June 20, 1892

I slept the first part of the night, but during the latter part I could not rest. I committed my case to the Lord and was comforted by the thought that I am a subject of His care. I do find peace and comfort in prayer, but I should look upon it as a great blessing from the Lord if I could pass the hours of the night in sleep. These words comfort and strengthen me: “Be renewed in the spirit of your mind.” [Ephesians 4:23.] This renewing is what I desire to have. “Though our outward man perish, yet the inward man is renewed day by day.” [2 Corinthians 4:16.] The righteousness of Christ is the prize to which we are individually to reach forth. “Let this mind be in you,” Paul writes, “which was also in Christ Jesus.” [Philippians 2:5.] We must walk as He walked and work as He worked. This means constant self-denial and a daily reaching out to do others good. We lose much because we are so apt to forget the fulness of the grace provided for us through the merits of Christ. No one is safe who offers the Lord a dull, sleepy, indifferent service. In order to resist the temptations of the enemy, we shall have to wrestle in earnest prayer with God. By using the grace bestowed, we shall gain a vigorous Christianity. 7LtMs, Ms 19, 1892, par. 41

Day by day I am given an assurance of the love of God. “He that heareth my word,” Christ says, “and believeth on him that sent me, hath everlasting life, and shall not come into condemnation; but is passed from death unto life.” [John 5:24.] “These are written, that ye might believe that Jesus is the Christ, the Son of God; and that believing ye might have life through His name.” [John 20:31.] I long to proclaim the gospel of good news, the glad tidings of great joy. I am anxious to present to our people the message that the Lord has given me, that Christ has made us His own, that He has bought us with a price beyond computation. The Saviour declared, “I am come a light into the world, that whosoever believeth on me should not abide in darkness.” [John 12:46.] He would have all heed his invitation, “Whosoever will, let him take of the water of life freely.” [Revelation 22:17.] God presents salvation to all; He gives it to those who believe. 7LtMs, Ms 19, 1892, par. 42

June 21, 1892

Another night of restlessness and suffering has passed. I welcome the coming of five o’clock in the morning, for then Emily Campbell builds my fire, and I can be dressed. 7LtMs, Ms 19, 1892, par. 43

I will not allow my mind to dwell on the dark side. Jesus has light and comfort and hope and joy for me. I want to face the light, that the brightness of the Sun of Righteousness may shine into my heart and be reflected to others. It is the duty of every Christian to shine—to shed abroad the light of the grace that Christ imparts. God would have me, even in my pain, praise Him, showing that I realize that His presence is with me. “Being justified by faith, we have peace with God.” [Romans 5:1.] “This is the record, that God hath given us eternal life, and this life is in his Son.” [1 John 5:11.] Whatever else the sin of Adam did, it did not give human beings an excuse for transgressing God’s law. 7LtMs, Ms 19, 1892, par. 44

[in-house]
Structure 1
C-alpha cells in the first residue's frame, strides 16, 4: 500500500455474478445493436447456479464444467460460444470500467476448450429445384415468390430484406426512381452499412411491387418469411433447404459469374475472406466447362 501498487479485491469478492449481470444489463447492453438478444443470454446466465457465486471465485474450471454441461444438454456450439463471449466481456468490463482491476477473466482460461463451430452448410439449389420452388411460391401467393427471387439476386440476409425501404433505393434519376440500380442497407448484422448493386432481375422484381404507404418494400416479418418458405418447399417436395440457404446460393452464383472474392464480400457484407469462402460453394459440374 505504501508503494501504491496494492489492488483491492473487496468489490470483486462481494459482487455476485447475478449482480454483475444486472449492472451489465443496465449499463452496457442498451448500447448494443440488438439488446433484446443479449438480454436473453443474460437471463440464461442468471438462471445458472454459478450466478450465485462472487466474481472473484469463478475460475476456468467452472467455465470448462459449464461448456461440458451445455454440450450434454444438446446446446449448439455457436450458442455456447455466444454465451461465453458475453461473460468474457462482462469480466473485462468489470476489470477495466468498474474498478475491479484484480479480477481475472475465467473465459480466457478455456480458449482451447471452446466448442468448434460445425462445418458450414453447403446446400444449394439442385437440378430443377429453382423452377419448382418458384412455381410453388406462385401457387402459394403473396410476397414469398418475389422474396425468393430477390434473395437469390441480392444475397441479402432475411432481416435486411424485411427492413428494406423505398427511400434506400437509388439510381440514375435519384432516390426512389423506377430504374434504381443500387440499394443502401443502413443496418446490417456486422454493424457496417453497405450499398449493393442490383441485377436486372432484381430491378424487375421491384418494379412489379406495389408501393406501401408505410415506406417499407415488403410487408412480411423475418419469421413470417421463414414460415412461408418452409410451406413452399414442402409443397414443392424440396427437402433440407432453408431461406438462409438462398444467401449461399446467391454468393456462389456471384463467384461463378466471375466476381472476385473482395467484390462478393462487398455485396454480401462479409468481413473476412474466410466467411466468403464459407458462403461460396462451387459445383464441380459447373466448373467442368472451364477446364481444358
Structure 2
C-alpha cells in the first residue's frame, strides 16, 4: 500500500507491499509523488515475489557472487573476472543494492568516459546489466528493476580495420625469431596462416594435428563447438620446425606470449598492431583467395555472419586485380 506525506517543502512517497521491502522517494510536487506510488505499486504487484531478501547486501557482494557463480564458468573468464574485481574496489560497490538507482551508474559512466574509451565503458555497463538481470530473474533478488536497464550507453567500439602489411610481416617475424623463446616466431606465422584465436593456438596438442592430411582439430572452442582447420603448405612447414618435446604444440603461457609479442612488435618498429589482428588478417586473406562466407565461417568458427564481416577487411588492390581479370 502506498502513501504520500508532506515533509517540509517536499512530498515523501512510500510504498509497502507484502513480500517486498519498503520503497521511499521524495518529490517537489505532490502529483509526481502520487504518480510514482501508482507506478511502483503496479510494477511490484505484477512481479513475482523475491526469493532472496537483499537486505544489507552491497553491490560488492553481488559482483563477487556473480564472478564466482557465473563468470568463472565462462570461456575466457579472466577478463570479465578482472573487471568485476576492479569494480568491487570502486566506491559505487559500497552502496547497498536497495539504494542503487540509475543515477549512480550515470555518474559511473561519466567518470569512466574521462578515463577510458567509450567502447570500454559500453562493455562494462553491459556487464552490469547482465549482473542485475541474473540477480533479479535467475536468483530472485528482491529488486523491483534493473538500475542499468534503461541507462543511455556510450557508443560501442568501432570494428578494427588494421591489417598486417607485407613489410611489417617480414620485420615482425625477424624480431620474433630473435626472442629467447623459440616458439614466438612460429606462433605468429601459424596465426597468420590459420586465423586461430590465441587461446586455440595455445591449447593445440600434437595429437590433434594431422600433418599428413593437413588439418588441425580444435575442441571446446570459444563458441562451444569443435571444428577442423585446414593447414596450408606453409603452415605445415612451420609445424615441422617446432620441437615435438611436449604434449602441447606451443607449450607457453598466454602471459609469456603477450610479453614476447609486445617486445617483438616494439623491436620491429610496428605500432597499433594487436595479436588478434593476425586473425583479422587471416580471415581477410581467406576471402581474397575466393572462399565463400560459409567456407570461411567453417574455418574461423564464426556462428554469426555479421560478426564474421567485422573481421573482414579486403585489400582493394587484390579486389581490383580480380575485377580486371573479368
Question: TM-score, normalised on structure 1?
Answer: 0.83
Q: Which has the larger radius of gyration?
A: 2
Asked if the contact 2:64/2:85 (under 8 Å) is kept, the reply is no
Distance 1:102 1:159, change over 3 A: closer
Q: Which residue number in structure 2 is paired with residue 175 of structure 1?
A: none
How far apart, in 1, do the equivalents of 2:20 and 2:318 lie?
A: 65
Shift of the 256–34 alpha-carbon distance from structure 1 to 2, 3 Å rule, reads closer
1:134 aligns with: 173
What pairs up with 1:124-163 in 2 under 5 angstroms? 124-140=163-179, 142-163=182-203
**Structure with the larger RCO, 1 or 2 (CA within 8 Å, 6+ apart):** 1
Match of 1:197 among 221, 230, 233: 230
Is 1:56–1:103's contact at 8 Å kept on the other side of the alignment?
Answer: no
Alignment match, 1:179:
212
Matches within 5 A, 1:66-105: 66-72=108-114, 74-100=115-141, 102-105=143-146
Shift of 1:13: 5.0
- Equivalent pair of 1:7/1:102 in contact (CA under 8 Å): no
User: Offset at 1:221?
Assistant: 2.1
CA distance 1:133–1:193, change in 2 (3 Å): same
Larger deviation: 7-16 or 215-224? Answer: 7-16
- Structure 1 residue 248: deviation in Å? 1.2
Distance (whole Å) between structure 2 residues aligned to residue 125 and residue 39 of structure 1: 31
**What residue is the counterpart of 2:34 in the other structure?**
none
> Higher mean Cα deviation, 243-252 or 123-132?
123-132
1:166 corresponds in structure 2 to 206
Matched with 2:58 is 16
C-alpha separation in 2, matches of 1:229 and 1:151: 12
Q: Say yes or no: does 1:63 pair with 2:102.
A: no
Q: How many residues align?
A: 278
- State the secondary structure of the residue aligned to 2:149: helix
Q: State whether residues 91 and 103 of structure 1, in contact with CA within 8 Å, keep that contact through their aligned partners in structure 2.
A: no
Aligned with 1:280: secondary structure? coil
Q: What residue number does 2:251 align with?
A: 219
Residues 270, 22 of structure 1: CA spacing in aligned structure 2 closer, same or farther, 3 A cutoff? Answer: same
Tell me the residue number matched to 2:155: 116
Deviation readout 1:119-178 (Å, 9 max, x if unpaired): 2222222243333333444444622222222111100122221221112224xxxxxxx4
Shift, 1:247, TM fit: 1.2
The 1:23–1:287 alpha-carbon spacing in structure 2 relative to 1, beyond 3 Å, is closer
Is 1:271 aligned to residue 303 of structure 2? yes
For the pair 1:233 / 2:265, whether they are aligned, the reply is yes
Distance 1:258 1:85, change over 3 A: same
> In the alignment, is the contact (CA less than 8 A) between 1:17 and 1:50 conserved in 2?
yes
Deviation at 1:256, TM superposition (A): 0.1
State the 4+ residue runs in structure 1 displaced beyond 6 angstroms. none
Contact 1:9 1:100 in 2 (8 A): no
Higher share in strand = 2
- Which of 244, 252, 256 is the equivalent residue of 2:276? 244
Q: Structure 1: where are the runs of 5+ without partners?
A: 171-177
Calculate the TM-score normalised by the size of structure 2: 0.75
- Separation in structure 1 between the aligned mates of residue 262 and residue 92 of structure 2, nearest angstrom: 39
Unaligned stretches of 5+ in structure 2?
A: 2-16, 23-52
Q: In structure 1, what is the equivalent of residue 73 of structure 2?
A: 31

June 22, 1892

The morning gave promise of a very pleasant day, and there was talk of riding out. But soon the clouds began to roll up, and the air became cold. At one o’clock there was a flood of rain, with heavy thunder and frequent flashes of lightning. With greater and less severity, the storm continued during the day. 7LtMs, Ms 19, 1892, par. 45

Last night I slept better than during the night previous, but I was greatly afflicted with pain in my arms, shoulders, spine, hip-bones, and feet. This makes me painfully sick, but I will not become discouraged. I will press my petitions to the throne of grace. I have a sympathizing Saviour, who does not willingly afflict or grieve the children of men. I have much time to think, and my head is perfectly clear. Christ draws my attention to Himself. “Who is he that condemneth? It is Christ that died, yea rather, that is risen again, who is even at the right hand of God, who also maketh intercession for us.” [Romans 8:34.] This is our confidence. I will rejoice in His love. 7LtMs, Ms 19, 1892, par. 46

June 23, 1892

Another night has passed. I slept only three hours. I was not in so much pain as usual, but was restless and nervous. After lying awake for some time, trying to sleep, I gave up the effort and directed my whole attention to seeking the Lord. How precious to me was the promise, “Ask, and it shall be given unto you; seek, and ye shall find; knock, and it shall be opened unto you.” [Matthew 7:7.] I prayed most earnestly to the Lord for comfort and peace, which the Lord Jesus alone can give. I want the blessing of the Lord, so that, while suffering pain, I shall not lose self-control. I dare not trust in self for one moment. 7LtMs, Ms 19, 1892, par. 47